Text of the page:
27 July 2011
Marketing people say that there is no such thing as bad publicity. Should that apply when promoting the importance of integrity?
New Zealanders have difficulty initiating conversations about ethics and trustworthiness. We all have views but it is awkward territory for us. That’s why anything which puts a focus on integrity is a good thing. A former State Services Commissioner often said that “we must not be embarrassed to talk about goodness”. Attention being given this week to hospitality received by Treasury officers will help that talk. The next few weeks may well see the media cast a passing light on chief executives’ gifts, hospitality and expenses also, as disclosures for the first half of 2011 are published. The value is not only in the inherent worth that comes from openness, but the conversations that flow from what is disclosed; about considering not just the easy choices between right and wrong, but the conundrum of which “right way” is best and most likely to promote trust.
State servants should always be encouraged to talking about integrity. SSC guidance indicates that such encouragement is a core role of managers – it is part of modelling and reinforcing organisational culture. That’s how we imbue the spirit of service.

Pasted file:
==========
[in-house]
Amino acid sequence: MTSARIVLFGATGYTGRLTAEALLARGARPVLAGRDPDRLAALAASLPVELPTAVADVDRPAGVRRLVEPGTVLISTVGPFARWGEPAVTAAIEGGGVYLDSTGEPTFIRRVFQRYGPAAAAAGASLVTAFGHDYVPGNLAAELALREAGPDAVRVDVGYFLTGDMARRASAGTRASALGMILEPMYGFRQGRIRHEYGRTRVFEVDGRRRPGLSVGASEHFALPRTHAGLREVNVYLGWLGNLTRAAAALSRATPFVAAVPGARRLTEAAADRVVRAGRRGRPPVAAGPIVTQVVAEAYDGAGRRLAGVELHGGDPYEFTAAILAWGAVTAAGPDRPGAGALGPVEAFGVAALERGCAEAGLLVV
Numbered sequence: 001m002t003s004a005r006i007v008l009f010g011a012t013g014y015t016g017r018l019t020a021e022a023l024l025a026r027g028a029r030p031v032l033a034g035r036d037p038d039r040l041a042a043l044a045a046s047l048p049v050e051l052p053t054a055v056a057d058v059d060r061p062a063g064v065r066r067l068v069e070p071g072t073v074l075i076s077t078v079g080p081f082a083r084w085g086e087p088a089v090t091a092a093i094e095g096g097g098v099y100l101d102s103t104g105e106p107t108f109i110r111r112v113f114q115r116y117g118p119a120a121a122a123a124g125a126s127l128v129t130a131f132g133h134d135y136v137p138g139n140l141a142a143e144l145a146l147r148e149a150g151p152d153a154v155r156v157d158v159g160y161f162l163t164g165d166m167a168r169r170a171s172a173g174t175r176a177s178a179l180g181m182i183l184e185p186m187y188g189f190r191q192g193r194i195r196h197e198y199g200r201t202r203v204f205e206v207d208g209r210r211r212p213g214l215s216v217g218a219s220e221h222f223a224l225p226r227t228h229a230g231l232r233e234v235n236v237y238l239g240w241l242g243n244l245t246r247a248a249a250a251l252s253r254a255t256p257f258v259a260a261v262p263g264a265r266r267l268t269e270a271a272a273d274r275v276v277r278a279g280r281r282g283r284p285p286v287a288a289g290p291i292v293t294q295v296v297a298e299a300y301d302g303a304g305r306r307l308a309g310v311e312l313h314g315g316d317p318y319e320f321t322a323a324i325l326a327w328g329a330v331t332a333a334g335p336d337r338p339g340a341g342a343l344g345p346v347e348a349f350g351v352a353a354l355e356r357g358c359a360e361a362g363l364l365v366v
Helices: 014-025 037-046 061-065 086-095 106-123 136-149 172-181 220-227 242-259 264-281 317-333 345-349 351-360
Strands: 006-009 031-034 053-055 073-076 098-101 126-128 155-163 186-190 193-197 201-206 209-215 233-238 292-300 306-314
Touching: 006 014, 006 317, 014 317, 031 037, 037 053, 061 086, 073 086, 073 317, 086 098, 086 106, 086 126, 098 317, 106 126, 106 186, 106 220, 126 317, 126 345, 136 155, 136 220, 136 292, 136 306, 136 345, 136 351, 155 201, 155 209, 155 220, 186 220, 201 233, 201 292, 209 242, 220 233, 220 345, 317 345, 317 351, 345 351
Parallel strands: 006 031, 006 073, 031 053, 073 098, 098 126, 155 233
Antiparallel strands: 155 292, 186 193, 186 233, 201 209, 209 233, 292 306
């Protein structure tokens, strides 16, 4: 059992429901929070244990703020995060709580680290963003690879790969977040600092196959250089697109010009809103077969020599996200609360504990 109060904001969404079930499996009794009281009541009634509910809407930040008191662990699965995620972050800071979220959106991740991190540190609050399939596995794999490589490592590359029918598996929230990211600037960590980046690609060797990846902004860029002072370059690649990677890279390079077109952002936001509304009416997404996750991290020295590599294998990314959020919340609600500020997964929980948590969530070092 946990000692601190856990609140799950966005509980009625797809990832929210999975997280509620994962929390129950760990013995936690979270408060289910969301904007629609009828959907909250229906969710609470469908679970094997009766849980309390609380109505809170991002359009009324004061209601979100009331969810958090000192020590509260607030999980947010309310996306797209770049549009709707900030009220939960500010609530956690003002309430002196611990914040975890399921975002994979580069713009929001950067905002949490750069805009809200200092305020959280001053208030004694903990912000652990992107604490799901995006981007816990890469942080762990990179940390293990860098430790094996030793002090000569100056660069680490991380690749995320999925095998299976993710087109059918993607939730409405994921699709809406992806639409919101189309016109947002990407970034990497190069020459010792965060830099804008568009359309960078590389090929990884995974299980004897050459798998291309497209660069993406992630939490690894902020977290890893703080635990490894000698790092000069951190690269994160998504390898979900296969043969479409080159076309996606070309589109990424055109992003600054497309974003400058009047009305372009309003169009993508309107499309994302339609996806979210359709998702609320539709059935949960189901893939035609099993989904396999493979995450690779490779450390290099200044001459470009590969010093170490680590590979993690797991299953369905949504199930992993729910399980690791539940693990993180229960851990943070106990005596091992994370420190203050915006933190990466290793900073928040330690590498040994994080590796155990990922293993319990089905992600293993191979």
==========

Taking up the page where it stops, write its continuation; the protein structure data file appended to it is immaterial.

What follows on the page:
The US Office of Government Ethics may well be sensitive about media attention at present. Every 18 months it coordinates a conference for ethics officers from across the federal government. Because of their role, the majority are Washington based. This year’s conference is in Florida. It is programmed from Tuesday to Thursday. These characteristics have invited criticism; the venue is a “magnificent golf and spa resort”, the programme anticipates a travel day on either side of the conference, there is the opportunity for accompanying family to enjoy the attractions of Orlando, and so on. It is of course a national conference of interest to officials from parts of the US as pleasing as Florida, and it is the hurricane season. But these may be rationalisations.
The Washington Post has belittled the ethics – the “problematic optics” – of flying 540 officials from Washington to the sunshine (and 280 from elsewhere) for bonding and cross pollination.
Last month the media picked on a disclosure by the Office of Government Ethics that it spent almost 45% of its travel budget on international commitments. It criticised the ethics of looking offshore when the agency’s responsibilities are in the United States. The explanation that much of the travel was undertaken on behalf of the State Department’s international profile and refunded by that Department got lost in the noise. But that noise is important. It reflects concern; it confirms that people care; it sets the public expectation.
Public sector transparency raises public awareness. Public awareness strengthens trustworthy behaviour. Trustworthy behaviour reinforces confidence in government. The outcome enhances the rule of law and good government. And that’s what we all want.
Gossip about questionable practices in agencies gets us thinking about what we should be doing. It promotes conversations. Perhaps any publicity is good publicity.